Michael: Yeah! Rival Sons has become an international business and there is a spotlight on us, a spotlight on me. People compare me to John Bonham and Ian Paice, so that puts pressure on me to get my act together if I am going to be in the vernacular and in the conversation. I take it very seriously and I’ve always been an eternal student. I always dive in 100 percent whatever it is I do, whether I am training for a marathon or doing cross-fit, being a dad for my kids, being a husband for my wife. You’ve got to be full-on in everything you do. The fact that I have a career doing this, I am trying to give back and show gratitude by trying to get better. I was a late bloomer too. I wasn’t the guy who got all those studio calls when I lived in Hollywood. I think I am known more for having a unique style, which is cool if you think of the grand history of all the great drummers. I’d rather be that guy people remembered for his feel, a guy who could bury the click track, and go in and out of the studio in three hours because he is good at playing parts and can play the same thing consistently. I never consistently play the same anything!  It comes from jazz. When you study jazz, the modus operandi is to never repeat yourself, you’re totally unhip if you repeat yourself. A jazz song is a constant evolution. Listen to Art Blakey, at the beginning of the song he is playing at one tempo and by the end of the song he is playing 5 or 6 clicks faster. A lot of those guys sped up over the course of a song. The song has breath, it has life. Keith Moon, Ginger Baker, John Bonham. Those guys sped up and slowed down. Mitch Mitchell was all over the place with the tempo, and it wasn’t that he sucked, but he knew he was making the music breath. With Rival Sons, our list of ingredients is including more Small Faces, Led Zeppelin, The Who. The Who called themselves maximum R&B; we call ourselves Rock ‘n’ Roll. I always loved the maximum R&B moniker because it’s black American music turned up. That’s what rock ‘n’ roll has always been.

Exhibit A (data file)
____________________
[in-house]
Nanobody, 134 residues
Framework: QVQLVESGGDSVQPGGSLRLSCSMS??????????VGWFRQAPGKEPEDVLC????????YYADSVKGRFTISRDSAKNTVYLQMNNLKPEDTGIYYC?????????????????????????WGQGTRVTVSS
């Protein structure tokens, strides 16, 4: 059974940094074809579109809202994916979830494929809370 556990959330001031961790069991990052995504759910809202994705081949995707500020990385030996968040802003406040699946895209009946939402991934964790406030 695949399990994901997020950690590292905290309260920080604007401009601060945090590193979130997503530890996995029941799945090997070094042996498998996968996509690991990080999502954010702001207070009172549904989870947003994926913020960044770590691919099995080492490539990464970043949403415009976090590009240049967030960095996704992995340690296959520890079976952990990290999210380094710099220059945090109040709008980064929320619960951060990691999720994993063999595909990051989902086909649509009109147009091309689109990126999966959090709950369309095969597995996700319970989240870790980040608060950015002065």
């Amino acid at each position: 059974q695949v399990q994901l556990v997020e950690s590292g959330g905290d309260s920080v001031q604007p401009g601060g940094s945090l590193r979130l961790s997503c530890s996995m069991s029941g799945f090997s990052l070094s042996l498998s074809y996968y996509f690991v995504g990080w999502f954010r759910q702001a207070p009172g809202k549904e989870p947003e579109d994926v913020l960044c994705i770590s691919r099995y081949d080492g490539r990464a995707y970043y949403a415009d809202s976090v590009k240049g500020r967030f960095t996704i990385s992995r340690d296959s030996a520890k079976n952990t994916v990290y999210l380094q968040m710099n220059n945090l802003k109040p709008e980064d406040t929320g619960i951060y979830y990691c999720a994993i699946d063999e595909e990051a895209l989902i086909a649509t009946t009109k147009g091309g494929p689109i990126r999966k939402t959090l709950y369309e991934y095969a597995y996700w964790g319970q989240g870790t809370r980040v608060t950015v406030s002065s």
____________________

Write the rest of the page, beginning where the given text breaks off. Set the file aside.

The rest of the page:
Enjoy Part 2 of this exclusive interview!

— Lucas von Gretsch